Can You Sue Yourself? We'll Soon Find Out

It’s not unusual for an attorney to challenge the constitutionality of a law. But,according to the Associated Press, Connecticut's Secretary of State, Susan Bysiewicz, is charting new territory: she’s a plaintiff in a lawsuit against her own office. In effect, she’s suing herself.

Ms. Bysiewicz, according to the AP, is a Democratic candidate for state attorney general. She argues that it's unconstitutional to require attorney general candidates to have at least 10 years in active legal practice. While she has served 11 years as Secretary of State, and prior to that, six years as a corporate lawyer, the Associated Press says she has never tried a case – and hasn’t set foot in a courtroom since law school.

In his Connecticut Law Blog, Ryan McKeen points out the clearly stated provision of the law: “The Attorney General shall be an elector of this state and an attorney at law of at least ten years’ active practice at the bar of this state….” Conn.Gen.Stat. Section 3-124.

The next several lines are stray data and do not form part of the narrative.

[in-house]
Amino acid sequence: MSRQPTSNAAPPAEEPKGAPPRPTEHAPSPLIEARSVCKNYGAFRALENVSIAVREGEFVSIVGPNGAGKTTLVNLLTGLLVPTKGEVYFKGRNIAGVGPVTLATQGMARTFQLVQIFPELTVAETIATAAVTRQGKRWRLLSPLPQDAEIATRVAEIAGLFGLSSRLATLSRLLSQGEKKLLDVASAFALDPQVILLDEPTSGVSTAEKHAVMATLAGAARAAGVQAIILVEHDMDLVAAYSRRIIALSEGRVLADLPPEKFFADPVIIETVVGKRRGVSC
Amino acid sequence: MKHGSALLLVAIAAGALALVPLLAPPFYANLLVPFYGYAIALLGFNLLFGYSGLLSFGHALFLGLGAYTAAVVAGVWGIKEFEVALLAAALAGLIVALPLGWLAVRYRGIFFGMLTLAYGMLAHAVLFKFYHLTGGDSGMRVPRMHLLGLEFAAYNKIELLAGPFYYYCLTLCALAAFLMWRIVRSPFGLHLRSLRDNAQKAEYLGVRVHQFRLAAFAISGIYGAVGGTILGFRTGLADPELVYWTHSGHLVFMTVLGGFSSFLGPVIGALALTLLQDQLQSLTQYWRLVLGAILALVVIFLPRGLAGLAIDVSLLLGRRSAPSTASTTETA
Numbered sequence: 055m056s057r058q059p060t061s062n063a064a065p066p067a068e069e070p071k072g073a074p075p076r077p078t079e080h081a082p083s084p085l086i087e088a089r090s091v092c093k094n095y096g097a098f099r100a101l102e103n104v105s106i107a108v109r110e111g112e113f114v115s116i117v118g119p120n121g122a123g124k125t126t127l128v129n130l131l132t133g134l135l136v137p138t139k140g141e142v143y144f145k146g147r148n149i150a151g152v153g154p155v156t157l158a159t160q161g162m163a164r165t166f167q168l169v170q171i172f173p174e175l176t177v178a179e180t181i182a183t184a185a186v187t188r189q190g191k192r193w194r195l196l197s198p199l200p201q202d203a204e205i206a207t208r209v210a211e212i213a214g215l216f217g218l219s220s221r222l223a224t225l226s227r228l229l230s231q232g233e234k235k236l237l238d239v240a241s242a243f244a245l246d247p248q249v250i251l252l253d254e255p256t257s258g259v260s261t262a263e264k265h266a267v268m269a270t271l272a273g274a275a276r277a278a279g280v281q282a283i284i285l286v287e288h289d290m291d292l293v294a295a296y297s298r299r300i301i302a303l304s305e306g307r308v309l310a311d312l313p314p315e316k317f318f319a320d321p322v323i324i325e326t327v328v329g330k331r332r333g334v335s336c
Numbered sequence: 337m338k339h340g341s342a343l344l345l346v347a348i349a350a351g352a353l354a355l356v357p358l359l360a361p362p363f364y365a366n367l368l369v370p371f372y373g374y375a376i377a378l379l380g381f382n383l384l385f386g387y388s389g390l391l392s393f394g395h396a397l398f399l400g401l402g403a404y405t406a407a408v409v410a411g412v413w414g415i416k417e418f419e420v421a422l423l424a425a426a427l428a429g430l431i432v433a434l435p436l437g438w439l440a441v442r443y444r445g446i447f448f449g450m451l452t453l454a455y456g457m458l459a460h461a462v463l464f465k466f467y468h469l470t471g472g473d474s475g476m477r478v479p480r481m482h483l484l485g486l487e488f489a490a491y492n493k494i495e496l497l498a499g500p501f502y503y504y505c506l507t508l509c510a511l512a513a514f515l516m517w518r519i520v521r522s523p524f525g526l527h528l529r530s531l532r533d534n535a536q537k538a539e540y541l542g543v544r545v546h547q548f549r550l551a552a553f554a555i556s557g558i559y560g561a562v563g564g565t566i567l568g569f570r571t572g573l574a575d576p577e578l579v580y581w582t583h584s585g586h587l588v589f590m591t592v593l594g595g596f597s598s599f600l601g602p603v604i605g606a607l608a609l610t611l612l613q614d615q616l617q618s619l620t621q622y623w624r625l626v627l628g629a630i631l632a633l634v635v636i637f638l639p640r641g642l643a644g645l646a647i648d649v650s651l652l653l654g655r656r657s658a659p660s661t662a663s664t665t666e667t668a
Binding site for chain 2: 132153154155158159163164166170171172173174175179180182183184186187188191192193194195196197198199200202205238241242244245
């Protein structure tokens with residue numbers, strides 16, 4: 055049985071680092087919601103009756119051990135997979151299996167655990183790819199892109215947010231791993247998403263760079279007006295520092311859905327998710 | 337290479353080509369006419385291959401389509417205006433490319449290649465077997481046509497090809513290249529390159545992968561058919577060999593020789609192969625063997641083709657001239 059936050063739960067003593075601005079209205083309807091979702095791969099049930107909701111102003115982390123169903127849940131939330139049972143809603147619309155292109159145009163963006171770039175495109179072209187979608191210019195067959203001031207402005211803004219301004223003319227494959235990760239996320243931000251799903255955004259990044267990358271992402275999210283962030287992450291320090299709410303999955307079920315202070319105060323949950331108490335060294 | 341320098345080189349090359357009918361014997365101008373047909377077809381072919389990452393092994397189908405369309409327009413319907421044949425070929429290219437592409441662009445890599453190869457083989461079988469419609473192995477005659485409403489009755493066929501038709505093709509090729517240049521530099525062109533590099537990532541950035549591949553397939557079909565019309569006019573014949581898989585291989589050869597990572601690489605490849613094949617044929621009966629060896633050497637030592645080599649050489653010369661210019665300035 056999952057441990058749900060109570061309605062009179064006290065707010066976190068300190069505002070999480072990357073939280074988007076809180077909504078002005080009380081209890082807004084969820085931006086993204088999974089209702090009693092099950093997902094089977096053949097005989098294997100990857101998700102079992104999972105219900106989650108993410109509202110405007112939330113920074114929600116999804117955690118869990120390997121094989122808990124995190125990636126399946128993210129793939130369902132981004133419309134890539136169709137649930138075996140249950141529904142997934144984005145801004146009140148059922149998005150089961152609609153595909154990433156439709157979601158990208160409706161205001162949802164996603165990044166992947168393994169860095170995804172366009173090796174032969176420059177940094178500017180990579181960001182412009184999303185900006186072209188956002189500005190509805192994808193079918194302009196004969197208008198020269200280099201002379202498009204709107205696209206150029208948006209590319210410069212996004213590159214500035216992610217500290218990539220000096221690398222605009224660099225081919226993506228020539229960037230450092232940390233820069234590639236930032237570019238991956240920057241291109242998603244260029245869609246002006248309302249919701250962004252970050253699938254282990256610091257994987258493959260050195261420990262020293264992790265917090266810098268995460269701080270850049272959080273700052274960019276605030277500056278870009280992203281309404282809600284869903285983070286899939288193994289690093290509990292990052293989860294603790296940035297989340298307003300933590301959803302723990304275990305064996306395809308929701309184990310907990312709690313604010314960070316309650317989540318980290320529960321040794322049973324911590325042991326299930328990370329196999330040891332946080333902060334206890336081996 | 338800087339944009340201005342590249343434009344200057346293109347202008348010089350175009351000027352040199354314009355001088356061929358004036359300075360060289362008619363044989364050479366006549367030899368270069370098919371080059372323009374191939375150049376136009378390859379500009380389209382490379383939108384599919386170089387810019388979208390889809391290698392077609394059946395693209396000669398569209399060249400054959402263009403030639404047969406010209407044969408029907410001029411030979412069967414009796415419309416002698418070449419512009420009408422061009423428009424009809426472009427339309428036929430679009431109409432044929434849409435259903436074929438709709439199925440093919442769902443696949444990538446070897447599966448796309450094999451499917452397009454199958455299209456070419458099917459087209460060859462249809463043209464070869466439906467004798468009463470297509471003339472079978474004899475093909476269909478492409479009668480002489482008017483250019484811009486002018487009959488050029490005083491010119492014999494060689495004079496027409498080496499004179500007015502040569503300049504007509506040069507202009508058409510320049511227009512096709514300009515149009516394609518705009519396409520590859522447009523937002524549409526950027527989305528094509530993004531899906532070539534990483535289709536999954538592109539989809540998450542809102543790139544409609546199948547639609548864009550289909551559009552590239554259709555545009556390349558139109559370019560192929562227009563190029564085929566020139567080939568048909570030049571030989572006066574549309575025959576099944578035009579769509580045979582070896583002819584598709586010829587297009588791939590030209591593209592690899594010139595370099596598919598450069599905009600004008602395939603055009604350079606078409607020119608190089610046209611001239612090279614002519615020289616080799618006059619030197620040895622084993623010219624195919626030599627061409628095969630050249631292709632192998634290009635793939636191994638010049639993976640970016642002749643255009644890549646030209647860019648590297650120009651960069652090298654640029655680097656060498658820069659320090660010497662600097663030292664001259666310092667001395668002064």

According to reports, Wesley Horton, Bysiewicz’s attorney, said that Bysiewicz is both qualified and eligible to practice law in court, although she chose to do it in other forums. Bysiewicz is a Duke University School of Law graduate who has been a member of the Connecticut Bar since 1986.

Legally, we often act in multiple capacities, such as personally/fiduciary or personally/corporate officer. Suing oneself is rare because it is usually absurd. For one thing, it is a fundamental principle that the courts will only resolve real controversies because courts do not give advisory opinions. For that, you get your own lawyer and take your chances. In fact, that’s why Ms. Bysiewicz has to sue herself instead of just asking if it’s OK.

As always, there are exceptions. This case may be one of the exceptions. We’ll see. All legal eyes will be on Hartford this week, as will political ones.

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